“I couldn’t do without my reading. I’ve always read… I would really miss my reading if I couldn’t do it.’’ Martin Robertson, who is living with a rare form of dementia called Posterior Cortical Atrophy.
What level of risk is acceptable?
In a separate piece of work, we funded researchers at University Medical Centre Groningen to survey over 3,600 people to determine the highest level of risk people would be willing to accept in order to delay by two years their dementia from advancing to a more severe stage.
More than half of the people surveyed were willing to accept very high risks of serious side effects.
Their findings, also published in JPAD, showed that people are willing to accept greater risks from dementia treatments compared to what is seen for other chronic diseases. This is perhaps due to the irreversible nature of dementia as it progresses, and the current lack of any effective treatments to slow the disease. And notably, respondents’ backgrounds, whether having memory problems and/or being a caregiver or not, had no effect on their risk acceptance.
Attitudes to risk were also influenced by whether people lived alone and their beliefs about the benefits and potential overuse of medicines. For example, being younger, male, more highly educated, living alone, or having positive views about the general benefit of medicines, were all associated with higher levels of risk acceptance.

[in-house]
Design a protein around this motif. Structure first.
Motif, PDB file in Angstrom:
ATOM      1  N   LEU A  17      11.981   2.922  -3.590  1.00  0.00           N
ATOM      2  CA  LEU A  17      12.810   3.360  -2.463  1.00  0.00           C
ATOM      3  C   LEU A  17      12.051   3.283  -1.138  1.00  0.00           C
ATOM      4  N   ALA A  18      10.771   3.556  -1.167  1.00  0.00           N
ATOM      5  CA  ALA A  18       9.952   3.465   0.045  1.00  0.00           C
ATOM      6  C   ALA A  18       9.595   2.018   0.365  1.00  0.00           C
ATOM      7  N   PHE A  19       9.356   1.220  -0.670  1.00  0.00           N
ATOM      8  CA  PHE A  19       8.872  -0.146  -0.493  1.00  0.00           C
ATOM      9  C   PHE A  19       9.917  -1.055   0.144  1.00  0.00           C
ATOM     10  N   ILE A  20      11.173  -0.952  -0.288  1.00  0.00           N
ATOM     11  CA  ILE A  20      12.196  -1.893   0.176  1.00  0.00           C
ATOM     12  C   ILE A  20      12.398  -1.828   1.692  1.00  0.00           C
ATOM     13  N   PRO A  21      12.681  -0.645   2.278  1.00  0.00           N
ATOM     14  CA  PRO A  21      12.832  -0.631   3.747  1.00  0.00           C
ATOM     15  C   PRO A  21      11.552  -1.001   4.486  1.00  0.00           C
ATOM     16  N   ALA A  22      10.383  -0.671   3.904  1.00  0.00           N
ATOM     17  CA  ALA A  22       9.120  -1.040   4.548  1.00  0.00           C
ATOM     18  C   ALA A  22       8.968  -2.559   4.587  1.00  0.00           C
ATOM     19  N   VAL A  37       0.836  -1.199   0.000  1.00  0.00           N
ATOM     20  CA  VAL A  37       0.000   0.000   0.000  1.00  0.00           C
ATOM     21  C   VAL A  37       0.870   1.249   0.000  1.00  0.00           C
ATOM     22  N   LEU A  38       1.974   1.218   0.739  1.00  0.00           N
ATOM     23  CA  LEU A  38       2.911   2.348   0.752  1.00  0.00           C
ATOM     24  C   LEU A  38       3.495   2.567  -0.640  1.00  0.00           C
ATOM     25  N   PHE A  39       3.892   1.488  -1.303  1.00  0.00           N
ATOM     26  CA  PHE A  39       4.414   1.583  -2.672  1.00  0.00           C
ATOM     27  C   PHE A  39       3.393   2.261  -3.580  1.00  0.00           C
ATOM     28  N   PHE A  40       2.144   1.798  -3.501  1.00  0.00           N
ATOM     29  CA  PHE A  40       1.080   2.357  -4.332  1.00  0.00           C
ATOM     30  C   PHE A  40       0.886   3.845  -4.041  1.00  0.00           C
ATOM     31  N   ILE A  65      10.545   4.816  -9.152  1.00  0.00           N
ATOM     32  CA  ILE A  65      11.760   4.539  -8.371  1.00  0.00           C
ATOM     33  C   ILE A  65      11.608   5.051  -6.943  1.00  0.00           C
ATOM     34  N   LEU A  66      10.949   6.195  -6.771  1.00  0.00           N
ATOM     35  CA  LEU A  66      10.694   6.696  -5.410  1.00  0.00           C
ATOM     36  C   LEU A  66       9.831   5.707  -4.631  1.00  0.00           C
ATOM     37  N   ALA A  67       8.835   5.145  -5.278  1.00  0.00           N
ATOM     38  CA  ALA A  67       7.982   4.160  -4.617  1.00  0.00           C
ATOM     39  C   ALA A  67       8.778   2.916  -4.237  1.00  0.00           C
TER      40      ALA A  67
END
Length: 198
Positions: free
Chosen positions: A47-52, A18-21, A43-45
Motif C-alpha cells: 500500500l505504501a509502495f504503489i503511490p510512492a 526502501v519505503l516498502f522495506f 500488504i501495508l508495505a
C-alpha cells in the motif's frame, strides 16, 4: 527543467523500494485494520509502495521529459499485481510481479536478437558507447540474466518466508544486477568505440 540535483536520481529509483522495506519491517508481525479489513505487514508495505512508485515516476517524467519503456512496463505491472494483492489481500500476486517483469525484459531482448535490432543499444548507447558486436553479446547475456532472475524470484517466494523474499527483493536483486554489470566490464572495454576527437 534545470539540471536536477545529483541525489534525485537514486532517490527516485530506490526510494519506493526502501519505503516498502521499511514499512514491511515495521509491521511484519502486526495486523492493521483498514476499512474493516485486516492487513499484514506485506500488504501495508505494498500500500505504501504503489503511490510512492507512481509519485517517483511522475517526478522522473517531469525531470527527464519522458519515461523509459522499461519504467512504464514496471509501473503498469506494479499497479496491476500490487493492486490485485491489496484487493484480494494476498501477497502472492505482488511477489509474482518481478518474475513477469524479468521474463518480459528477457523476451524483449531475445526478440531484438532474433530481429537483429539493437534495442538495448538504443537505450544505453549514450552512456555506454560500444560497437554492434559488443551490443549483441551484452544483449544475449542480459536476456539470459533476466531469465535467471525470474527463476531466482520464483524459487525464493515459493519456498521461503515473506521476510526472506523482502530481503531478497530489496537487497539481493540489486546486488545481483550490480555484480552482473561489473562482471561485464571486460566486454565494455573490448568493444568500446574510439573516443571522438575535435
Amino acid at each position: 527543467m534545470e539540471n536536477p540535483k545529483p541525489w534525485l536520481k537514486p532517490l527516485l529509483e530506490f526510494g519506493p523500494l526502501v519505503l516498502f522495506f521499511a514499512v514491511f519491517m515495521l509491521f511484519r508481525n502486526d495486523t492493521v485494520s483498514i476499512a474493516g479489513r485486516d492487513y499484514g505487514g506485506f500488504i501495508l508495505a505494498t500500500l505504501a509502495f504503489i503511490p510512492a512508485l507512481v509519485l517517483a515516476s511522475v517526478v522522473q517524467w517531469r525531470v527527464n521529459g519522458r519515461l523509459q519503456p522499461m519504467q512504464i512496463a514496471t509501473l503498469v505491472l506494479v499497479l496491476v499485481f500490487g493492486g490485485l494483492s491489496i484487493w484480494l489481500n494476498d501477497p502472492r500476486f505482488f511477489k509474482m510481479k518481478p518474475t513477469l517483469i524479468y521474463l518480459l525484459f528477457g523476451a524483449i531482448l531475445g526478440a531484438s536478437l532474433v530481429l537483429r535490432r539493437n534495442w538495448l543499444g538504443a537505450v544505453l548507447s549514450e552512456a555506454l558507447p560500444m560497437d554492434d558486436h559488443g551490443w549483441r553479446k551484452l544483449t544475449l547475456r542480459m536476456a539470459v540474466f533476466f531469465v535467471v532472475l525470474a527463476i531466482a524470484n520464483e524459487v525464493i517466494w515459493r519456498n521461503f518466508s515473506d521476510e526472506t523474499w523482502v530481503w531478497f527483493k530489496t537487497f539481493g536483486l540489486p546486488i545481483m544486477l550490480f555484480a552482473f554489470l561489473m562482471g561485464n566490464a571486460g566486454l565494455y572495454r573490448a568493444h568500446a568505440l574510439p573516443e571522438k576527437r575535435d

Prioritising the perspectives and preferences of individuals living with dementia
It’s clear that people want to hold on to the things that matter most to them in life, like their friendships and independence. The things we take for granted in everyday life quickly become priceless when faced with the prospect of developing dementia.
We believe that the results of these studies provide useful insights for regulatory and clinical trials discussions, as well as helping to inform the conversations between people with dementia and their clinicians about potential treatments, should these drugs get approved for routine use. This should enable doctors to make more informed recommendations, and support individuals in making decisions that align with their values and priorities.
We don’t have all the answers, and it’s important to note that in our research only a relatively small percentage of respondents reported having mild cognitive impairment, early-stage dementia, and/or memory problems. Nevertheless, these insights are crucial as we know many of the people surveyed are likely to be affected by dementia in the future – whether developing it themselves, caring for someone with it, or both.
We need more collaboration among stakeholders to agree how the outcomes that matter most to people with dementia and their attitudes to risk are appropriately measured and incorporated throughout the research and healthcare process.
If you’d like to know more about this research, or to share your views on outcome preferences and risks, email firstname.lastname@example.org.